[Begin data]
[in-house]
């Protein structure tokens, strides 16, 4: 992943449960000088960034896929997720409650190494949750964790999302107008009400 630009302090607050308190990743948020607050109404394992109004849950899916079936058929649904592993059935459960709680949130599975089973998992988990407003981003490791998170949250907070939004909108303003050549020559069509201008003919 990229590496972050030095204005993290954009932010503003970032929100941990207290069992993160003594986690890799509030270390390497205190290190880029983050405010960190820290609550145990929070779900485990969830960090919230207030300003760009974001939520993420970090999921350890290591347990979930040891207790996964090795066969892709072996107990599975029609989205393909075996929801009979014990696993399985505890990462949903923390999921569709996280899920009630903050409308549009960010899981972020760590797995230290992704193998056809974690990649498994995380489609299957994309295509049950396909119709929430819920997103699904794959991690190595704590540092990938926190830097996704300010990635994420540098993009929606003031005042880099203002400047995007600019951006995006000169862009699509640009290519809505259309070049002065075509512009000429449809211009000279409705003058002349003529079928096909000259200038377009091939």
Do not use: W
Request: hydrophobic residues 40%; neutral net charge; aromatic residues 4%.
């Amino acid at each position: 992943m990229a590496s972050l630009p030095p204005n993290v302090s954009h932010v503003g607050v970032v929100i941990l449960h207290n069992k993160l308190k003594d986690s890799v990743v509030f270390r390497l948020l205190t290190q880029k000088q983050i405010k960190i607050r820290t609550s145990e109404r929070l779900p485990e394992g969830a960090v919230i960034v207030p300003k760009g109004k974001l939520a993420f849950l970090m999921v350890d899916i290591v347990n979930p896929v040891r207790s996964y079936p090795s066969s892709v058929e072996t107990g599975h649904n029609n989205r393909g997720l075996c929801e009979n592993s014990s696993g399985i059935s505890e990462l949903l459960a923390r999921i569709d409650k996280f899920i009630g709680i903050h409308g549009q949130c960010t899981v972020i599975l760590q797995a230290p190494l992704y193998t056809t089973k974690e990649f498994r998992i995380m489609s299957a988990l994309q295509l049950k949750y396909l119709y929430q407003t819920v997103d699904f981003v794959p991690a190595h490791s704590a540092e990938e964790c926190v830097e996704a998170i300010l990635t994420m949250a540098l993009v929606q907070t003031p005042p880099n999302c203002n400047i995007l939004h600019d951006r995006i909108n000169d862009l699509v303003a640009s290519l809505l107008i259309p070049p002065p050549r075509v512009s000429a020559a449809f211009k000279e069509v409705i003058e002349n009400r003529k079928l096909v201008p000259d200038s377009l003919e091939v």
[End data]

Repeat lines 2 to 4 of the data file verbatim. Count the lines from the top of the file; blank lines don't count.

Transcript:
């Protein structure tokens, strides 16, 4: 992943449960000088960034896929997720409650190494949750964790999302107008009400 630009302090607050308190990743948020607050109404394992109004849950899916079936058929649904592993059935459960709680949130599975089973998992988990407003981003490791998170949250907070939004909108303003050549020559069509201008003919 990229590496972050030095204005993290954009932010503003970032929100941990207290069992993160003594986690890799509030270390390497205190290190880029983050405010960190820290609550145990929070779900485990969830960090919230207030300003760009974001939520993420970090999921350890290591347990979930040891207790996964090795066969892709072996107990599975029609989205393909075996929801009979014990696993399985505890990462949903923390999921569709996280899920009630903050409308549009960010899981972020760590797995230290992704193998056809974690990649498994995380489609299957994309295509049950396909119709929430819920997103699904794959991690190595704590540092990938926190830097996704300010990635994420540098993009929606003031005042880099203002400047995007600019951006995006000169862009699509640009290519809505259309070049002065075509512009000429449809211009000279409705003058002349003529079928096909000259200038377009091939």
Do not use: W
Request: hydrophobic residues 40%; neutral net charge; aromatic residues 4%.